Sunday, June 07, 2015

In which I recall some of my childhood experiences of the Mormon church

Before I launch into this next part of my story, I want you all to know that most Mormons are not a*holes. They are ordinary people, and ordinary people are usually pretty decent. It may have been my bad luck to have encountered a bunch of people who were a*holes and who also were also Mormon and who used their religion to justify their a*hole actions. Unfortunately, the bad apples are the ones who tend to define an entire group (in any tradition).

To continue:

Mormon congregations (called wards) are based on geography and after divorcing my SF, we moved to Cupertino and were in a different ward. Throughout my childhood, we lived in areas where Mormon population density was small so the wards were geographically rather large. I was always the only Mormon kid in my school. So new ward, unfortunately for us that most of the ward lay in an upper-middle class area. Remember, mid 1970s...a woman now thrice divorced and belonging to a religious tradition in which preaches that a woman's sacred duty is to stay home and raise her family and the father is responsible for financially supporting the family as well as leading the family in its religious education.

The Mormons are well known (and admired) for their ability to create community. In addition to its geographically based congregations, the church also has a system of "home teachers" and "visiting teachers". This is a responsibility of all adult members (male and female) who are assigned a group of people in their ward to visit once a month. A person is both a home teacher as well as one who is visited, and active and inactive members are included. It can be as simple as a few minutes of chatting if you see each other at services or as formal as a home visit complete with lessons and anything in-between. The point is to make some sort of personal contact with every member of the ward. The visiting rosters are rotated every few months so that everyone has a chance to meet everyone else.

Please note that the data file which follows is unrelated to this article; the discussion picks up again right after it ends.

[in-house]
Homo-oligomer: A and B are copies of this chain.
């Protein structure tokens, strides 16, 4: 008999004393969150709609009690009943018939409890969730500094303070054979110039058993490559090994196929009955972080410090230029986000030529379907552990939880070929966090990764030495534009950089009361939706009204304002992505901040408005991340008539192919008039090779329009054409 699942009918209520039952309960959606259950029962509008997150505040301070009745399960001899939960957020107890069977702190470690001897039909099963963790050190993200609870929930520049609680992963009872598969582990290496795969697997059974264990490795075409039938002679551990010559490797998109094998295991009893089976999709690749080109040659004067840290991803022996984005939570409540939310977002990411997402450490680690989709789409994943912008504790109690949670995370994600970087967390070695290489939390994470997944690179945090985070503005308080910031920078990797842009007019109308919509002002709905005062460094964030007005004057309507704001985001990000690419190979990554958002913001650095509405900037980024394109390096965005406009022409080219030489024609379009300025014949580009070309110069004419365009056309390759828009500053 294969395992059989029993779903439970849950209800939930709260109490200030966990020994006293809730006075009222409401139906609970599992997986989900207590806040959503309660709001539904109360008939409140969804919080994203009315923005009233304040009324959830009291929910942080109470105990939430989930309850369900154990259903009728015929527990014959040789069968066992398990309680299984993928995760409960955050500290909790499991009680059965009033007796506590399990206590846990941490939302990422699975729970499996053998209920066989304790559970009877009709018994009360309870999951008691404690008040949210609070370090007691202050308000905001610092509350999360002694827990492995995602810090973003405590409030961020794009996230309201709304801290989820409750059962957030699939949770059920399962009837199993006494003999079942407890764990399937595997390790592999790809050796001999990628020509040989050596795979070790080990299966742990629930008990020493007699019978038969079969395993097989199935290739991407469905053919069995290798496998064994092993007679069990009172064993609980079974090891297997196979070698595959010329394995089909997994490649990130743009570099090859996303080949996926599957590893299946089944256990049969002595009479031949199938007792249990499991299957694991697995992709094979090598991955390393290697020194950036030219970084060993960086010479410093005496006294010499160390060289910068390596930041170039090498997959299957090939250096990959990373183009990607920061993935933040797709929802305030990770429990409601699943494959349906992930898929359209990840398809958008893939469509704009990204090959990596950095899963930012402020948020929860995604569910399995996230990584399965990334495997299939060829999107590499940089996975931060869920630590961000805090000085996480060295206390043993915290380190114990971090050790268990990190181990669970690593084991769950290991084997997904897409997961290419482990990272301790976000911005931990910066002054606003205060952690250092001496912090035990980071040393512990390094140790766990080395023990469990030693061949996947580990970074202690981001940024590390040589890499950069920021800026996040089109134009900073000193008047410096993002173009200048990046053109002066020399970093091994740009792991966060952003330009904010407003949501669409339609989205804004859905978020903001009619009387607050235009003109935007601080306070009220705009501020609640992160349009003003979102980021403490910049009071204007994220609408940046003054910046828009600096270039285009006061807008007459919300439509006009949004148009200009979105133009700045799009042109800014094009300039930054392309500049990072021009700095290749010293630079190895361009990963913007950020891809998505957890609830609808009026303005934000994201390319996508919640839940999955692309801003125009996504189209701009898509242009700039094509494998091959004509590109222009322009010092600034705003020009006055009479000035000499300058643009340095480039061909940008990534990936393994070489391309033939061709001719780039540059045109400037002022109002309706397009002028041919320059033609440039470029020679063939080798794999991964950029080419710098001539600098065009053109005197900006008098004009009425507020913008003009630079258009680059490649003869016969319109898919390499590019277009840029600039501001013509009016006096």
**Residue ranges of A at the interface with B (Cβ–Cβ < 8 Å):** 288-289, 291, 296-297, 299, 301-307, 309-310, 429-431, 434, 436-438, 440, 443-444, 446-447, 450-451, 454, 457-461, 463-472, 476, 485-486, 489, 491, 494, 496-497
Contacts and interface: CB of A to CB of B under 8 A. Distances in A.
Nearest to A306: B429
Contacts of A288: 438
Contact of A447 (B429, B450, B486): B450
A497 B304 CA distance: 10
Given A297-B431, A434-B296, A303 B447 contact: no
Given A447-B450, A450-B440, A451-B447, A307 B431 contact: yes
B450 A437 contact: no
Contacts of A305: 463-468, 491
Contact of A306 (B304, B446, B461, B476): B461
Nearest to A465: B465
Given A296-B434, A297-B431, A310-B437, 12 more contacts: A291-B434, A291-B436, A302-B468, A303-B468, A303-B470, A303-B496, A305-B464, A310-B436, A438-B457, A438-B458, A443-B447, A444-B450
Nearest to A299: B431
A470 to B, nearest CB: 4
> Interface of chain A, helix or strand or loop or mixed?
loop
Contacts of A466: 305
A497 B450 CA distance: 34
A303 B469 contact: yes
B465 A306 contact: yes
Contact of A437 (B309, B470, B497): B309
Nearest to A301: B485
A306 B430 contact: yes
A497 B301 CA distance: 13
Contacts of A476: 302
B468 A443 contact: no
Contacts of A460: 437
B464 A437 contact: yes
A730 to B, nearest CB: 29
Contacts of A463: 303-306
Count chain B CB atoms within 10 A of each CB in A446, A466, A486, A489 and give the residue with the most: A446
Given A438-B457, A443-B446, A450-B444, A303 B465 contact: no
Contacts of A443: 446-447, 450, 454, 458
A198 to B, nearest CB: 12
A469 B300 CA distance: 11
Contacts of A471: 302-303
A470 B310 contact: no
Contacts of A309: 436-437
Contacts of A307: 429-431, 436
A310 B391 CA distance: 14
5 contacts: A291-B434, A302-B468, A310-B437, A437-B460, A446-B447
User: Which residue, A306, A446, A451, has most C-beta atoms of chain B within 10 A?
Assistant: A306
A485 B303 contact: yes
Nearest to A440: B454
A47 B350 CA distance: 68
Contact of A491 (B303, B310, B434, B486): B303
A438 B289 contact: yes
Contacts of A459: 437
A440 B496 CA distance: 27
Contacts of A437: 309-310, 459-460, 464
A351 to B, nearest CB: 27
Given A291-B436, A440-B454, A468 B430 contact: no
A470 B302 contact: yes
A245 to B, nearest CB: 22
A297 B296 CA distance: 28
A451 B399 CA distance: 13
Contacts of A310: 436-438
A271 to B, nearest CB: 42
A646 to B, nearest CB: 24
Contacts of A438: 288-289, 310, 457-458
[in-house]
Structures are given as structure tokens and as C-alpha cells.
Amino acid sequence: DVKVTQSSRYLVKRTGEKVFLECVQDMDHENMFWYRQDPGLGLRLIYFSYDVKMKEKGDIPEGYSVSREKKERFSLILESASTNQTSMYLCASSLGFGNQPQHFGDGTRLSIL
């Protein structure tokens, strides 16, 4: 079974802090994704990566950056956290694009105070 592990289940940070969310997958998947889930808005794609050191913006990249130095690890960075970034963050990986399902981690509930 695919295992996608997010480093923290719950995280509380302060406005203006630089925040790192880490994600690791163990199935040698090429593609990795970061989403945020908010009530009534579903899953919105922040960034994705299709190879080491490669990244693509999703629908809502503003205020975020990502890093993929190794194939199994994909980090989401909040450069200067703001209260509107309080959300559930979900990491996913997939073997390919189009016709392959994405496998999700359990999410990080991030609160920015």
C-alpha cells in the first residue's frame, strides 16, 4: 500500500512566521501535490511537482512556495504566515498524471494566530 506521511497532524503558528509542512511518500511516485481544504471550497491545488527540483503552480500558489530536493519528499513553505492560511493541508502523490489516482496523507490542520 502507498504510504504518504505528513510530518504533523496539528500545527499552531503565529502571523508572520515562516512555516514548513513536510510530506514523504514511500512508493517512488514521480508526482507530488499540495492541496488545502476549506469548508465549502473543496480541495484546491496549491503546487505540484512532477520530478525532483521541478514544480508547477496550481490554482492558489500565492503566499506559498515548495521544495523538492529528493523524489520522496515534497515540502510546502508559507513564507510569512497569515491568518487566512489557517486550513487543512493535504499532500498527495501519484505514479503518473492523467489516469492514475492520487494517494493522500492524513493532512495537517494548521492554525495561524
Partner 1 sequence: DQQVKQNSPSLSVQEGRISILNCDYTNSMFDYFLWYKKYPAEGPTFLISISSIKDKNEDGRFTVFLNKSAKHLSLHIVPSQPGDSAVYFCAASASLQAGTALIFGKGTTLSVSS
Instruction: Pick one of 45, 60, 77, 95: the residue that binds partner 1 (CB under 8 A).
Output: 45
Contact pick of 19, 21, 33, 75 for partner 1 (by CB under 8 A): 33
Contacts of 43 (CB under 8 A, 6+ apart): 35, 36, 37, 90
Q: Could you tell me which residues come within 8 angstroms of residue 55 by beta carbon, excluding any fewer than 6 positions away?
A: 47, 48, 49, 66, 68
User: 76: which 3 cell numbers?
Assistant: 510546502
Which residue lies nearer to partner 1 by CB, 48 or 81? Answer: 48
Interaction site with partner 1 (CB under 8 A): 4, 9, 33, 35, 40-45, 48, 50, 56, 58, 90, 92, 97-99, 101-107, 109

However, from 2nd grade through 9th grade (excepting part of 7th and 8th grade when we were inactive because we lived in an area where the closest LDS church was a three hour drive away), I never remember a single visit of Priesthood to my home. Single woman with a daughter=household without Priesthood, and it's the Priesthood who is responsible for educating the family and providing religious and spiritual guidance. This period in my life encompassed FIVE different wards within the Bay Area or Central California. The church teaches that women have the right to Priesthood blessings and services (for wont of a better word), but I don't know if this is a recent teaching (as a result of the rising number of mother-led households within the LDS community) or if my mother even knew she could request them. Or if requesting would lead to more judgement (why yes, Sister, we can visit your household since you are divorced and no longer have a Priesthood holder in your home. We are very sorry that your marriage didn't work out. Marriages are really hard work; are you sure you did everything you could to make it work?")

There are lots of things in the Mormon tradition that I never knew about, even though I was raised in it and went to services and extracurricular activities regularly. I fasted on Fast Sundays (first Sunday of the month) and knew to pay tithe.

But I never knew that women could be missionaries and have ALWAYS been able to be missionaries. In my experience, girls were always taught that their role was to be mothers and homemakers. This is definitely a role worthy of respect, but since I lived with a single mom, I knew that women had different choices. (Note: there are several types of missionary service in the LDS church, but I am referring to the proselytizing missionaries. Until recently, the minimum age a woman could be a proselytizing missionary was age 23, although recently reduced to age 19. Now almost half of these missionaries are women.)